Sri Lanka under nationwide curfew after crowds attack mosques

Sri Lanka bans social media services once again as tensions arise due to Facebook post

Sri Lanka bans social media services once again as tensions arise due to Facebook post

A Sri Lankan province north of the capital was under indefinite curfew on Tuesday (May 14) after the first death in anti-Muslim riots in the wake of the Easter terror attacks, police said.

Police arrested a group of men for the attacks but people in the mostly Buddhist district then demanded their release, military spokesman Sumith Atapattu said.

The 45-year-old man died shortly after admission to a hospital in Puttalam district during the rioting which began Sunday in the area, a police official told AFP.

Security forces fired tear gas to disperse mobs in several parts of the province on the second day of violence, which also saw many Muslim-owned buildings and mosques ransacked.

Tensions have been running high in Sri Lanka since the April 21 attacks by militant Islamic suicide bombers who struck two Catholic churches, one Protestant church and three luxury hotels. One man was stabbed to death with a sword.

"What we see is a more a political crisis where certain political parties and their agents at the base level run out of control and they go and attack unnecessarily these people".

'The curfew in the NWP will be continued until further notice, ' spokesman Ruwan Gunasekera said.

Young Sinhalese Buddhist men led riotous mobs through northwest Sri Lanka from Sunday through Monday evening.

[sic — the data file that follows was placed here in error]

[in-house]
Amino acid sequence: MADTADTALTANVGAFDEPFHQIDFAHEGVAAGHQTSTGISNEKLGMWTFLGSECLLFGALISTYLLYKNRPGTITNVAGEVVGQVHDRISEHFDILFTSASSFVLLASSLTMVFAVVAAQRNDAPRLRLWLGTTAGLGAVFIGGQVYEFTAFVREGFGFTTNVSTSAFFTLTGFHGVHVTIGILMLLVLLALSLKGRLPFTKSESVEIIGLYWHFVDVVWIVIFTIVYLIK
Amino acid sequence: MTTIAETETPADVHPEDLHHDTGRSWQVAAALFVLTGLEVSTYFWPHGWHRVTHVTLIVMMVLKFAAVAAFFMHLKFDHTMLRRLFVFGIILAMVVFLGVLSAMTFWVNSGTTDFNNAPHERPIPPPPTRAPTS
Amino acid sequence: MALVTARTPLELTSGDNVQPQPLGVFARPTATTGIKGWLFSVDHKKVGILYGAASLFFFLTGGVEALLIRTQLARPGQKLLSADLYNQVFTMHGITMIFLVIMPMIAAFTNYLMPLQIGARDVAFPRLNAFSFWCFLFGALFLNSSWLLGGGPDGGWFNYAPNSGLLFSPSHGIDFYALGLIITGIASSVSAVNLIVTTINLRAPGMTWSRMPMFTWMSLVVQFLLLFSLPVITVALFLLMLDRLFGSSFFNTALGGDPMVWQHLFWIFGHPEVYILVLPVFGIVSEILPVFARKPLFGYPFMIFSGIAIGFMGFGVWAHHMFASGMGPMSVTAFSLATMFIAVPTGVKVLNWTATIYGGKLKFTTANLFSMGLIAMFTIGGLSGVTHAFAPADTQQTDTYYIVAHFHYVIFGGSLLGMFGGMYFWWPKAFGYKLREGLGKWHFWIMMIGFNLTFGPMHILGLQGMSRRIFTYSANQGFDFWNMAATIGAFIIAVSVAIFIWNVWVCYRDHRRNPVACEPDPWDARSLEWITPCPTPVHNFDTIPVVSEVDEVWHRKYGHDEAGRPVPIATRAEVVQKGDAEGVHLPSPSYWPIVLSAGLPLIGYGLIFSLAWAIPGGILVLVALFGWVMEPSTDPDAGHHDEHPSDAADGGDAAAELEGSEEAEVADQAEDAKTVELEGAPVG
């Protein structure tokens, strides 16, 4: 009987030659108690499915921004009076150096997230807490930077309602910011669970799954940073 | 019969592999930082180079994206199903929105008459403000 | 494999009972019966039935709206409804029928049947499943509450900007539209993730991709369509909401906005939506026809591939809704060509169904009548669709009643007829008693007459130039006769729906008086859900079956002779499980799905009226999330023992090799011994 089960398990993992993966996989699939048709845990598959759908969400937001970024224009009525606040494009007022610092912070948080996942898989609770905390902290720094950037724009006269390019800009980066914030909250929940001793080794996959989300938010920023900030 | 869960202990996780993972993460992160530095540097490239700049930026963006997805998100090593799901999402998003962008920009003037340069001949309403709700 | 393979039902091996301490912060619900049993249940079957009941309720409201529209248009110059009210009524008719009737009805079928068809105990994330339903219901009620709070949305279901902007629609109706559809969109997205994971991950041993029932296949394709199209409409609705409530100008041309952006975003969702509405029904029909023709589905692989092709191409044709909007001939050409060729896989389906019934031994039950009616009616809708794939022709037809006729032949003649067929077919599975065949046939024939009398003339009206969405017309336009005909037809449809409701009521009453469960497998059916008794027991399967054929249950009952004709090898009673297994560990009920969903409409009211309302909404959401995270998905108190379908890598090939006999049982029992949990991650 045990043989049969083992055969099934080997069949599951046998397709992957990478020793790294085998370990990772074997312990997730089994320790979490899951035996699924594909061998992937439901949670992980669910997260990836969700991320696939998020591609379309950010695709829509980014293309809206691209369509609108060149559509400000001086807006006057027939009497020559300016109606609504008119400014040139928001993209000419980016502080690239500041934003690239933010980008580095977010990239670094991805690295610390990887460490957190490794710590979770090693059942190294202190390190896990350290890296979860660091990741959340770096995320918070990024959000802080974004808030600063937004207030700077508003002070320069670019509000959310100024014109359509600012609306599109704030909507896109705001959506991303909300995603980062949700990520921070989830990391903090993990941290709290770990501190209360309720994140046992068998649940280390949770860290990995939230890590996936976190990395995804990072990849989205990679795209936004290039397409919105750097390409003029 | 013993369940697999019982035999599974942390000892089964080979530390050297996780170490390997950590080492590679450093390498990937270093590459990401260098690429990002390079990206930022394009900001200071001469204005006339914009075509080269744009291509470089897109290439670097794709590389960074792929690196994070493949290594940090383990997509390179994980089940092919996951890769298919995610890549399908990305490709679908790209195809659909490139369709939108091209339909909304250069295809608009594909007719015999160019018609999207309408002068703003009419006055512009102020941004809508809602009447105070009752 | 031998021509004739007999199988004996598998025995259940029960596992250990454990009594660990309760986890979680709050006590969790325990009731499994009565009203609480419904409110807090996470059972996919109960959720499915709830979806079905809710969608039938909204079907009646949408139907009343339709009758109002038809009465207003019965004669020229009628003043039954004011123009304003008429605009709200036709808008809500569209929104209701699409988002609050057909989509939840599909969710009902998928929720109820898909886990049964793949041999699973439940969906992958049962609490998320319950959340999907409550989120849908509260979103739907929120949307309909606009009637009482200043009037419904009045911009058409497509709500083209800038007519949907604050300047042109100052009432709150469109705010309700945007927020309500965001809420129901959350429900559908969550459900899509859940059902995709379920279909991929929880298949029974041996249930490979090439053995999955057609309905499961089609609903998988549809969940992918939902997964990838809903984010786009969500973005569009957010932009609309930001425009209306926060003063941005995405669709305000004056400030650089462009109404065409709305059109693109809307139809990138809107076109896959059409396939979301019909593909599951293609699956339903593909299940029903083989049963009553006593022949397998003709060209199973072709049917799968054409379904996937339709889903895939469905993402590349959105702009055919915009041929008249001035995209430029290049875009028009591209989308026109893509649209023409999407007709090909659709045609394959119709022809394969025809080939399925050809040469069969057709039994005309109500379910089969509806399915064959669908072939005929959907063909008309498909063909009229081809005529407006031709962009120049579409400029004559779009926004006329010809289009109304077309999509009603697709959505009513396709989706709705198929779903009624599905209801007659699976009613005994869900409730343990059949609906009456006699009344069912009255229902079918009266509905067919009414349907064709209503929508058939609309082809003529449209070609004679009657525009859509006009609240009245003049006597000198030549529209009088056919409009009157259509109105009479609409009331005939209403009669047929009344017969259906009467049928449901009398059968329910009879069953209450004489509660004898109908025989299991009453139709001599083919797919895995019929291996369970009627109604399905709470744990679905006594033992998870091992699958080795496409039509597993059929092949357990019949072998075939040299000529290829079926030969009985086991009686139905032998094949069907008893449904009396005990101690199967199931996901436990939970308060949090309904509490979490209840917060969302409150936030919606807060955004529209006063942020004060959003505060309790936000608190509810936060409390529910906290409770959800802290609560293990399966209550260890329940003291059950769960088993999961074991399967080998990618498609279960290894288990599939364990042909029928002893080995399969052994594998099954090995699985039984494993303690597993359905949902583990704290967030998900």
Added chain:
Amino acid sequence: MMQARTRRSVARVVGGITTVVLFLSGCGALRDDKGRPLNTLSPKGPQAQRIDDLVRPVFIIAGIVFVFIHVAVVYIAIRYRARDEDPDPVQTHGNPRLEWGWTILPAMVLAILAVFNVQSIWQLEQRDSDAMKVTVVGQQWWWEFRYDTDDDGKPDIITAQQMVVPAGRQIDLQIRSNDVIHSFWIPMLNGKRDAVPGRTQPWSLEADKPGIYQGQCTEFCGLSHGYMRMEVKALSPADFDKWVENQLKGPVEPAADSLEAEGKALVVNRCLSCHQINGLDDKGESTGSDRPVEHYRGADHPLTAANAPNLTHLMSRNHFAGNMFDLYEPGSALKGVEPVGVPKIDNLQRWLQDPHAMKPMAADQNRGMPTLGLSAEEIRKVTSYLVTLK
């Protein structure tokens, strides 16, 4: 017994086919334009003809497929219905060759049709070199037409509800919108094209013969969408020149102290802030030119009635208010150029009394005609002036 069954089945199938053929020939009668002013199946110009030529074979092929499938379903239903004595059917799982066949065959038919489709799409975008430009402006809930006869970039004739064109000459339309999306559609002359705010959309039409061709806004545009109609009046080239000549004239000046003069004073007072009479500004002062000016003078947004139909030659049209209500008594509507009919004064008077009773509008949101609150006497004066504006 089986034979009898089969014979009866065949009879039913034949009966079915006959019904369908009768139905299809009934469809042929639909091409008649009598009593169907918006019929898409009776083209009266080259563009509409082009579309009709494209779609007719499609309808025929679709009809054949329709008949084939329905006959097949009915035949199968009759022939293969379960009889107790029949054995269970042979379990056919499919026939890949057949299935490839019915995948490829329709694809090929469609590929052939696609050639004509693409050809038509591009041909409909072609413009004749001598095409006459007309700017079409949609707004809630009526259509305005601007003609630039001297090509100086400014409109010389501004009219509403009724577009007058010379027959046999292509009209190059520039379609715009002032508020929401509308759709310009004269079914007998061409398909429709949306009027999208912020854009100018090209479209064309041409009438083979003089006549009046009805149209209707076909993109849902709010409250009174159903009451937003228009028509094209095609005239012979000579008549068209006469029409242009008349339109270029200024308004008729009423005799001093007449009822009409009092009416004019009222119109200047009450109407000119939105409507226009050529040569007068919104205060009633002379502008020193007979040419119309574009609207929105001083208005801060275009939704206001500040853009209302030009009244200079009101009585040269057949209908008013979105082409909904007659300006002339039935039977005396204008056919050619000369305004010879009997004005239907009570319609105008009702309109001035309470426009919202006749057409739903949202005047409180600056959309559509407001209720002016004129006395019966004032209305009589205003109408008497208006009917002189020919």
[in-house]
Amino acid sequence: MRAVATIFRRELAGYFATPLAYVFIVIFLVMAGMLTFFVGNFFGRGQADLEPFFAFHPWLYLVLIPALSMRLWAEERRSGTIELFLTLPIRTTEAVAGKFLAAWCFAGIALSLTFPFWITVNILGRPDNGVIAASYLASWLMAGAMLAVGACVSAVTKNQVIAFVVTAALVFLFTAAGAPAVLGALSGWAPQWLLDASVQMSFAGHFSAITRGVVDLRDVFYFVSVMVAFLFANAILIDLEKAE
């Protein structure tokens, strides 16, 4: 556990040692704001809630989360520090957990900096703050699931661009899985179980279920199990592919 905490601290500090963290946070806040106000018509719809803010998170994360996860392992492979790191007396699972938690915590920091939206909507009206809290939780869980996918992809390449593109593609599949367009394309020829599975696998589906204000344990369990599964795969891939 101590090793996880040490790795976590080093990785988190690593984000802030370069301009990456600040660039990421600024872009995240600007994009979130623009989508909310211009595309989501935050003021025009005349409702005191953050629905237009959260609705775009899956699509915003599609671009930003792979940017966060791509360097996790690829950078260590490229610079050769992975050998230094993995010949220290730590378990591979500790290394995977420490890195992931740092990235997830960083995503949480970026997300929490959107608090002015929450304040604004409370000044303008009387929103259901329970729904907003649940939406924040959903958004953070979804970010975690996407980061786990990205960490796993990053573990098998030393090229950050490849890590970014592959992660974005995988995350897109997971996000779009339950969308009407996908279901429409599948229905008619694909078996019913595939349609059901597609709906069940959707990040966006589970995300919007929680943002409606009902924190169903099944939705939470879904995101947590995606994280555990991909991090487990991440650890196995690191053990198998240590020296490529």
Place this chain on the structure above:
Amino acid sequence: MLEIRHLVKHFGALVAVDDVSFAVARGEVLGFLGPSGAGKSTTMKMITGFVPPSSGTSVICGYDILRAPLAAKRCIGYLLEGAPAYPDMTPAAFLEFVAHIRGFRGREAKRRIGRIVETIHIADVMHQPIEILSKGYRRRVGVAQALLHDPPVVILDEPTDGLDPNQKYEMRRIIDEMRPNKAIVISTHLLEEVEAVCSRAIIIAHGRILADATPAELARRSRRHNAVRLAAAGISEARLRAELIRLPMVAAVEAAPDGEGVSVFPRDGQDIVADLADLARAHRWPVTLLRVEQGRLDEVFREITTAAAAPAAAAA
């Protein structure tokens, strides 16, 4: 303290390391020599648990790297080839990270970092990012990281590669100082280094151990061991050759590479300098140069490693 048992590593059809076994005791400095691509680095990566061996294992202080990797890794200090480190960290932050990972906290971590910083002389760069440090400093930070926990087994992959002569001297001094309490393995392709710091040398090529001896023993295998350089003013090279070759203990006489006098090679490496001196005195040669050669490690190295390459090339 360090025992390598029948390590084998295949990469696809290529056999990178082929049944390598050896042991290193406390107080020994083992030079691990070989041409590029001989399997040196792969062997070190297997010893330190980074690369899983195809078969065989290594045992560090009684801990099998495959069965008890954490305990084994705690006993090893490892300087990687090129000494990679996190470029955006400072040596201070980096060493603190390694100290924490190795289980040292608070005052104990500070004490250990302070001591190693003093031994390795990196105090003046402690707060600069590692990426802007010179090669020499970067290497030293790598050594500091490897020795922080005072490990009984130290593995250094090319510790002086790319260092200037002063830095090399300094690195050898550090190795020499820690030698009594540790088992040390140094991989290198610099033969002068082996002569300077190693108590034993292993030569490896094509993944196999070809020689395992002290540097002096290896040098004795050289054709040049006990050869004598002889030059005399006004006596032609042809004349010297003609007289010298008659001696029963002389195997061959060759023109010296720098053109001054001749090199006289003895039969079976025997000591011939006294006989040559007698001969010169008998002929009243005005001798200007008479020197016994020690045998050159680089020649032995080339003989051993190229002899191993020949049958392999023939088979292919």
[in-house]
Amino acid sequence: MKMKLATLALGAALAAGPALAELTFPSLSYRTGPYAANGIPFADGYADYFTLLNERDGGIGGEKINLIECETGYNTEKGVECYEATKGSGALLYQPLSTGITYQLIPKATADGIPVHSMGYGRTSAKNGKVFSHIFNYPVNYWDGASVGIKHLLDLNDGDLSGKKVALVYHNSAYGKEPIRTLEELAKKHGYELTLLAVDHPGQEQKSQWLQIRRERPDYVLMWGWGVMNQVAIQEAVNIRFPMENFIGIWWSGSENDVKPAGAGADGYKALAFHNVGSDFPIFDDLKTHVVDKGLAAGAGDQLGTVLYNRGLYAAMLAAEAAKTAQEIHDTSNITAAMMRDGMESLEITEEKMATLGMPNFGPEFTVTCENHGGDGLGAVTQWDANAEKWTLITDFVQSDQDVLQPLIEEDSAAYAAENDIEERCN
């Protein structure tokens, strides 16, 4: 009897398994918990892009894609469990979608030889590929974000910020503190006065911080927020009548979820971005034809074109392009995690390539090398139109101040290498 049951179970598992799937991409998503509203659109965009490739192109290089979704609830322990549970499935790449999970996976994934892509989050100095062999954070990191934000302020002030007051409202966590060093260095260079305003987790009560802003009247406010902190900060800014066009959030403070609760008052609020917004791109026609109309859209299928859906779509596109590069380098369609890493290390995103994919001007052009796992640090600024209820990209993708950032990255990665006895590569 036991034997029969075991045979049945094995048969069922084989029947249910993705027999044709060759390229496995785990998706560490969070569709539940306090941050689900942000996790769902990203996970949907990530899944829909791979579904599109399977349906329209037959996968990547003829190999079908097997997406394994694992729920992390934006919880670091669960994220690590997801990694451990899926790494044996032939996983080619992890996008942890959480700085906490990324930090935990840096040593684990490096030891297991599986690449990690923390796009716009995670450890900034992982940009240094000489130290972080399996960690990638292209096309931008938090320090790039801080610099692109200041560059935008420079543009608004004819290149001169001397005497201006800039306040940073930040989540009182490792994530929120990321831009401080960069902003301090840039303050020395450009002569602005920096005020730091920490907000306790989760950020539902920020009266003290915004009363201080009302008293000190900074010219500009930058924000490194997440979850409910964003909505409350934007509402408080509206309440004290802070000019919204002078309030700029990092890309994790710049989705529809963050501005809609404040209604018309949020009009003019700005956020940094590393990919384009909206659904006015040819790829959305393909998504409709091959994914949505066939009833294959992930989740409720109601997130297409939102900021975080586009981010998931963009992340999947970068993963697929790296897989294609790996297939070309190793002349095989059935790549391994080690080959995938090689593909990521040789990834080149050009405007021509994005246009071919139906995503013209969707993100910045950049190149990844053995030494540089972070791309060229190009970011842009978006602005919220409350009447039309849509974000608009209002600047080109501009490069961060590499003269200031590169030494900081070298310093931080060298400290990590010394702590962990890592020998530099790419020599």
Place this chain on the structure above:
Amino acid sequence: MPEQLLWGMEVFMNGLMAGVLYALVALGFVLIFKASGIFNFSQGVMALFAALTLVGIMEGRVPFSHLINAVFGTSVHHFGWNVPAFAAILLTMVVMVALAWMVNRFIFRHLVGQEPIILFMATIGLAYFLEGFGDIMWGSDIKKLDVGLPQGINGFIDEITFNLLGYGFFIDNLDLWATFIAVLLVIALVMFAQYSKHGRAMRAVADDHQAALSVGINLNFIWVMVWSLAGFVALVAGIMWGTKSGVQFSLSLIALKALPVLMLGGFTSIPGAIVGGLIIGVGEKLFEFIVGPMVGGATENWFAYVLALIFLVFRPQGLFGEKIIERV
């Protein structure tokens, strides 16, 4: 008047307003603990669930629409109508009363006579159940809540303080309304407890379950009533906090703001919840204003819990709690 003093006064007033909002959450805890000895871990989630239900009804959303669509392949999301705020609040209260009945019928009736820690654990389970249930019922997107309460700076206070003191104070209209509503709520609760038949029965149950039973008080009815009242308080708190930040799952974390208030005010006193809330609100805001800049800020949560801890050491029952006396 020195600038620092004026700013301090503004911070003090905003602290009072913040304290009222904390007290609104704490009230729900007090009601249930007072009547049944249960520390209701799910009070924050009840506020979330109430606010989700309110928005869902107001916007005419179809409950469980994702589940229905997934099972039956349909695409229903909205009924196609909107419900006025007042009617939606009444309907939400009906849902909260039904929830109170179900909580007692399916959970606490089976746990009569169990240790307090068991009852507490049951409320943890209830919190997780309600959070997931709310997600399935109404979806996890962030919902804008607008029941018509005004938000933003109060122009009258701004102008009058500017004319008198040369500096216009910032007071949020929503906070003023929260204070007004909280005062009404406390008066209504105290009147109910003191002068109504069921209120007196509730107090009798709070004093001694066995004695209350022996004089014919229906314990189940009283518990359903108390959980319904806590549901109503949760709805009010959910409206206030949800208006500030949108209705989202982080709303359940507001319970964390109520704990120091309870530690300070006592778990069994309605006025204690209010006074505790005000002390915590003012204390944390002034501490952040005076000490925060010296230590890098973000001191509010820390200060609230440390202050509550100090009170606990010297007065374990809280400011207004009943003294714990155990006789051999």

"About 2,000 people surrounded our mosque and smashed everything inside, even the bathroom fittings", cleric M. I. M. Siddeeque told AFP by telephone from the curfew-bound town of Bingiriya.

Authorities said they have arrested more than 74 suspects in connection with the anti-Muslim attacks, including three Sinhala Buddhist extremists who had been investigated for similar actions in Kandy previous year.

Authorities have arrested dozens of suspected rioters, including three described as Sinhala Buddhist hardliners who had been investigated for similar actions in the town in Kandy district a year ago.

Despite the extraordinary security measures, the minorities felt insecure, said Dissanayake, who is also a government minister. "We have given the armed forces of this country. a complete free hand to tackle the security situation".

"Several shops have been attacked", a senior police officer told Agence France-Presse.

"The attacks on mosques, the burning of houses and shops, the attacks on innocent people can not be condoned in any way", Jayasuriya said in a statement.

He said it was awful and frightening to witness the unfolding events as innocent men, women and children of the Muslim community are targeted in reprisal for the horrendous and beastly attacks by some extremists on April 21. Earlier, Facebook, WhatsApp, YouTube and Instagram had been blocked to prevent the spread of messages inciting violence.

"Social media blocked again as a temporary measure to maintain peace in the country", Nalaka Kaluwewa, the director general of the Department of Government Information said.